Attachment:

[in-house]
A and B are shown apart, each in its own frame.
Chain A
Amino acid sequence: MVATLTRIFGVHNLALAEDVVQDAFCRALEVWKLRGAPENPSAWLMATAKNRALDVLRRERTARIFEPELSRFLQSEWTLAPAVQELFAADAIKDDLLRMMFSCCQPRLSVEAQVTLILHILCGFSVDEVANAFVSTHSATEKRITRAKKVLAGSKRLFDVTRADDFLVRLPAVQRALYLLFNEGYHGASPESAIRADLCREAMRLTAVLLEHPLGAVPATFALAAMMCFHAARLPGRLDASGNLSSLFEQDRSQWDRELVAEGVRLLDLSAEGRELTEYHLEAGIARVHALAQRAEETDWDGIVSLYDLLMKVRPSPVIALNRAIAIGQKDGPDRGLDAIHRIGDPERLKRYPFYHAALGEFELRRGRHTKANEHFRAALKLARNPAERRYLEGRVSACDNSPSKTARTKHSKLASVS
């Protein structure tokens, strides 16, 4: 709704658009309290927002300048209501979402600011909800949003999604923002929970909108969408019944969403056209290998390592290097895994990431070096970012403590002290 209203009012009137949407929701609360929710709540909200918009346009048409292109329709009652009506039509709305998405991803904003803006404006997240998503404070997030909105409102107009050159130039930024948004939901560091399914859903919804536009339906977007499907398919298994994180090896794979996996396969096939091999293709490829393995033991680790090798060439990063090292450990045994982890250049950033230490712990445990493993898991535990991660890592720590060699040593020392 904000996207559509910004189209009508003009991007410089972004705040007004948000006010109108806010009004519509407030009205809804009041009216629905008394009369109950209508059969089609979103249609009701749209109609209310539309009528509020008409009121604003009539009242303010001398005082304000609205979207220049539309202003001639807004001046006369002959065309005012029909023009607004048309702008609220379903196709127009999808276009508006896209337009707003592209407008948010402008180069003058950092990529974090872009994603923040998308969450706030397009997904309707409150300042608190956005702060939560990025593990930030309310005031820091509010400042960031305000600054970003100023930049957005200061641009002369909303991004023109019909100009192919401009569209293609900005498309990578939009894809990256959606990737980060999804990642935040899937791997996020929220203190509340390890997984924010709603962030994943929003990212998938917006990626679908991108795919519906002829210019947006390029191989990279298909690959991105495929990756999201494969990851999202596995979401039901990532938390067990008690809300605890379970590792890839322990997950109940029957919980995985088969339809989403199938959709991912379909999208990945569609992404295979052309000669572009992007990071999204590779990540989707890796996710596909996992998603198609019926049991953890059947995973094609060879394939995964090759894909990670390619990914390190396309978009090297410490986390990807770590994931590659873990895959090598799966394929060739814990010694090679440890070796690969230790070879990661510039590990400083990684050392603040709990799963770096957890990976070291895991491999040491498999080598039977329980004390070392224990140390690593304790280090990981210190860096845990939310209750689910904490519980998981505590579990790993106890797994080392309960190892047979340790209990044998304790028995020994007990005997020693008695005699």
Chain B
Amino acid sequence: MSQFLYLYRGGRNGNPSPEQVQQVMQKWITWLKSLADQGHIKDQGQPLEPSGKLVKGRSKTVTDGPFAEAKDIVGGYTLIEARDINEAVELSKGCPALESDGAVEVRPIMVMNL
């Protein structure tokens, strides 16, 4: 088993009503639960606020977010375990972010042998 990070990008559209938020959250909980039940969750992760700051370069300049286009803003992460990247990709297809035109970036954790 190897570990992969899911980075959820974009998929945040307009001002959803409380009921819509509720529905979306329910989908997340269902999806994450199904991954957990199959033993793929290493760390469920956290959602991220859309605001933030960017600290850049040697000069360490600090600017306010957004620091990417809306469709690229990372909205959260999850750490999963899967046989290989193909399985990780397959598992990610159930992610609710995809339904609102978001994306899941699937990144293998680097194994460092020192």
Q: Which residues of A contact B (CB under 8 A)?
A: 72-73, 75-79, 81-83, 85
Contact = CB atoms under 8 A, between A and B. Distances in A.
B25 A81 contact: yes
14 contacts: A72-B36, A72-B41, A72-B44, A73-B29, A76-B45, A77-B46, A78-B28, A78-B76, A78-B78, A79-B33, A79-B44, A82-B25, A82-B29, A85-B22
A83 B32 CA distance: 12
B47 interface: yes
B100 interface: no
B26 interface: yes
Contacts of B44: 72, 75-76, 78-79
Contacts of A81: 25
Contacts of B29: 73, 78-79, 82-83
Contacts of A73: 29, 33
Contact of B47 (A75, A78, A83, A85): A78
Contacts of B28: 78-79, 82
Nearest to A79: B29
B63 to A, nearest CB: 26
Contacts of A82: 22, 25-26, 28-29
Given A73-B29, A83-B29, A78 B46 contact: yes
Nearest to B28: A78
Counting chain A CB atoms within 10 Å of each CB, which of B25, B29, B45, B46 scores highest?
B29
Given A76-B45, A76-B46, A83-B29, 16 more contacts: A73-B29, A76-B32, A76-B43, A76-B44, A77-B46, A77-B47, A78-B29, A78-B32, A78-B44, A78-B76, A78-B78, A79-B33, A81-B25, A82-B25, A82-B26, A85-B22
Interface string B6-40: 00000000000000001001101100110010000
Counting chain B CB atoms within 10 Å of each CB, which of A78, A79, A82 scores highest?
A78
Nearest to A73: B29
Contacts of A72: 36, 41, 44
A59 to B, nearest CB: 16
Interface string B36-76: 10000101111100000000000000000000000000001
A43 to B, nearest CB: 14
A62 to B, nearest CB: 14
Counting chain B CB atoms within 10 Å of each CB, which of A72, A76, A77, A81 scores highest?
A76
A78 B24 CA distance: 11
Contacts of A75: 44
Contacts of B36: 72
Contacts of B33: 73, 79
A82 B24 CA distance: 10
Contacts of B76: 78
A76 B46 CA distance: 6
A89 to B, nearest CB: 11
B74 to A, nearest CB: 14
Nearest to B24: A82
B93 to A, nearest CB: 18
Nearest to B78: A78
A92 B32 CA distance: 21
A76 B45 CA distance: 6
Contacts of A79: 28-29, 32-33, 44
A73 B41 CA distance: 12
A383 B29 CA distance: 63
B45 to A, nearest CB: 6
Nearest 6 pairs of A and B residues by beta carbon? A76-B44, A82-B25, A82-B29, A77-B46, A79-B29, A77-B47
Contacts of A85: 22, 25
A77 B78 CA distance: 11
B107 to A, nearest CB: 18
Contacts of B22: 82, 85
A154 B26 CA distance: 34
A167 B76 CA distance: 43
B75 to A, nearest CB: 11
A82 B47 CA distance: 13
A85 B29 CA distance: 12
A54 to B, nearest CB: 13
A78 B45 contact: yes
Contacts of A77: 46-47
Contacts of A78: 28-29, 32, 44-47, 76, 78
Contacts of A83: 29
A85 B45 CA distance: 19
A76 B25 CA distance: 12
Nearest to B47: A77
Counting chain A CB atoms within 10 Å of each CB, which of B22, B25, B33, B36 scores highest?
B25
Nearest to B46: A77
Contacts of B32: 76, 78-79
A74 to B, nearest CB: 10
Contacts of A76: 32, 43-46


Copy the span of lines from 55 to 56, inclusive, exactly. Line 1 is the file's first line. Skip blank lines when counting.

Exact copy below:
A92 B32 CA distance: 21
A76 B45 CA distance: 6